As the top law enforcement officer in a city, town or other municipality, a police chief is responsible for leading the police force. The ultimate responsibility for this person, also known as chief of police, is to protect the public and public property. To carry out this duty, he or she oversees the police officers who make up the police force for the city or town. This person also sets the mission and direction for the police department and establishes its goals.
Duties vary widely for police chiefs, depending on the size and demographics of the area they serve. One basic responsibility usually is managing the departmental operations and budget. In small towns, he or she might be the only paid law enforcement officer, so patrolling and other hands-on police duties will be primary. In large cities, the chief of police might oversee thousands of officers and civilian employees and manage an extremely large budget. He or she often will spend much of the day in meetings discussing crime issues and departmental management concerns.
Hiring, firing, and disciplining officers and other personnel is also normally the job of the police chief. Establishing and overseeing citizen volunteer and youth development programs, such as a neighborhood watch or police explorers, falls under the umbrella of the job as well. He or she might also be responsible for ensuring that the department's police cruisers and other equipment are in good working order and coordinating other departmental assets. Forming plans to combat gangs and graffiti and implementing anti-terrorism task forces are other examples of his or her activities.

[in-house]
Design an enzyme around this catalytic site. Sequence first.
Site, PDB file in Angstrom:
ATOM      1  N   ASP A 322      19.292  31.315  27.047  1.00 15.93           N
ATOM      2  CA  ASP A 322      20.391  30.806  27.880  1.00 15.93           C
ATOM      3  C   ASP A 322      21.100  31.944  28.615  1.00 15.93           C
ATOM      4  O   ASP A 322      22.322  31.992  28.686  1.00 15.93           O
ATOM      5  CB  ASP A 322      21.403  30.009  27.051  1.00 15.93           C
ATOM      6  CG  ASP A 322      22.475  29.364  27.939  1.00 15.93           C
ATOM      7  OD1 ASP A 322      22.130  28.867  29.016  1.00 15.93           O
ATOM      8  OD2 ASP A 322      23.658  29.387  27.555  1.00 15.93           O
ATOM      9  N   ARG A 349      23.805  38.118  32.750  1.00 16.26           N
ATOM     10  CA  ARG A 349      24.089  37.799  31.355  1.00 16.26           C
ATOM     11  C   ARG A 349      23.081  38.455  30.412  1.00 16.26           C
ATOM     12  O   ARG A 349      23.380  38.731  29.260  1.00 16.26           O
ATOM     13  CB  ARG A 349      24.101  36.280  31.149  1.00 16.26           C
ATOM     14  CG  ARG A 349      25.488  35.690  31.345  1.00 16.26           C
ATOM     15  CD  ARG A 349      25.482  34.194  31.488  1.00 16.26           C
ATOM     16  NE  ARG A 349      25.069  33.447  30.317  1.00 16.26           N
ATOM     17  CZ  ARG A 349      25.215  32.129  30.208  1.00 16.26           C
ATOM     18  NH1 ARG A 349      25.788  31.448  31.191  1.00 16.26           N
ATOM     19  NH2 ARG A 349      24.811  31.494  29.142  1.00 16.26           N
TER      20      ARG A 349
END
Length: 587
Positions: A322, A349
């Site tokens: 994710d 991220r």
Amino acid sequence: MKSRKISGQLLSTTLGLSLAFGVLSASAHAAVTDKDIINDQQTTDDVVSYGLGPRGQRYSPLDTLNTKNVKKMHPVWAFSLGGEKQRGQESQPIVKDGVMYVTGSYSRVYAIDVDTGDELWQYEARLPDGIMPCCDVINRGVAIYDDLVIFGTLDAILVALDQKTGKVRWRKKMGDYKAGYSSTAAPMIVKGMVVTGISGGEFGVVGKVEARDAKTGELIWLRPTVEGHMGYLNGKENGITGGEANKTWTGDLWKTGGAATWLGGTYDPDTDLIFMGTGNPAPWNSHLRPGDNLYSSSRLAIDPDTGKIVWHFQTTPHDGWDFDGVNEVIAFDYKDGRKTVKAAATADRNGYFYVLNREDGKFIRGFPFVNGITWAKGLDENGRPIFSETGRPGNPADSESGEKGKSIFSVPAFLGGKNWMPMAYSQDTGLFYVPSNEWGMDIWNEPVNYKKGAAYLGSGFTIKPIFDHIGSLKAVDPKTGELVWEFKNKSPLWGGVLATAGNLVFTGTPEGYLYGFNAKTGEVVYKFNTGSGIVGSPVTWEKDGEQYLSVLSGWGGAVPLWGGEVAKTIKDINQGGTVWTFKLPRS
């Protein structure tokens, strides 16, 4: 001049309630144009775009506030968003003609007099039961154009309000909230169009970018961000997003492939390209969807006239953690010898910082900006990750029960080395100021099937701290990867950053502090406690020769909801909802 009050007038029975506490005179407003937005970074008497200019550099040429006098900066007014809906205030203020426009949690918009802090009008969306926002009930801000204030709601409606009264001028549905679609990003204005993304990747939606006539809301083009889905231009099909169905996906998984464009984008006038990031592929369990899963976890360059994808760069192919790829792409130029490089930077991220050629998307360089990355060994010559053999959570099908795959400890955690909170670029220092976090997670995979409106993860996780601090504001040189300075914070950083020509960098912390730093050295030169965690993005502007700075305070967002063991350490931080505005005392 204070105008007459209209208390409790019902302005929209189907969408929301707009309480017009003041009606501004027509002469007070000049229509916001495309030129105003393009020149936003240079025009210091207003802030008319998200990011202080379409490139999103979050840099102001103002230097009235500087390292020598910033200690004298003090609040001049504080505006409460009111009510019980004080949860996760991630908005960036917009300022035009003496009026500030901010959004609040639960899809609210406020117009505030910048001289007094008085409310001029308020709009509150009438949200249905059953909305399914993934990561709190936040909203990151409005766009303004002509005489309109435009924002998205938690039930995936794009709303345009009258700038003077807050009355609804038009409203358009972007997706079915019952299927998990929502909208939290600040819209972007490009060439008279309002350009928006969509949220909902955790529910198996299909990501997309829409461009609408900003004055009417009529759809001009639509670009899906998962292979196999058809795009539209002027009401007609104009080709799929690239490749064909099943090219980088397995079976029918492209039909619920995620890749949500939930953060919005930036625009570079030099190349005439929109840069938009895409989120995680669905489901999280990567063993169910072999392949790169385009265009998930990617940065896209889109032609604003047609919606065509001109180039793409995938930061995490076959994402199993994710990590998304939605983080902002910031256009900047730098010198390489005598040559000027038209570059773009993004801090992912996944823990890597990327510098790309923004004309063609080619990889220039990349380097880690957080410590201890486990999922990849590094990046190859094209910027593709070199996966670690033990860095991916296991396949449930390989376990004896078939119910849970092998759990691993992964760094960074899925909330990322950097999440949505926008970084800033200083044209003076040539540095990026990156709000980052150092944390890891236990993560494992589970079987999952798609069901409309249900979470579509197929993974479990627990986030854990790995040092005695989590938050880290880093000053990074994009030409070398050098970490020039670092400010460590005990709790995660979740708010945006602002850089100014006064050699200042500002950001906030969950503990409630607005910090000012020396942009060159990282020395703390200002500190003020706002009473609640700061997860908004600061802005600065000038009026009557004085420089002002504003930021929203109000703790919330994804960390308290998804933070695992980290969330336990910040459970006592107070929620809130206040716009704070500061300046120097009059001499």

Police chiefs usually are appointed by the mayor, city manager, city council, or other city official. Sometimes they are elected, depending on the locale. They often are expected to attend city council and city management meetings to report about issues and events related to their departments.
Top officers also interact with various other city departments in their day-to-day jobs. They work closely with fire departments to provide emergency services, as well as with public works, maintenance, and transportation departments.
Other titles for a chief of police include constable, chief constable, and police commissioner. In the United States, sheriff also is a title for the head of a police organization, although the roles of police chief and sheriff differ in that the chief of police usually is appointed, and a sheriff is elected by the people.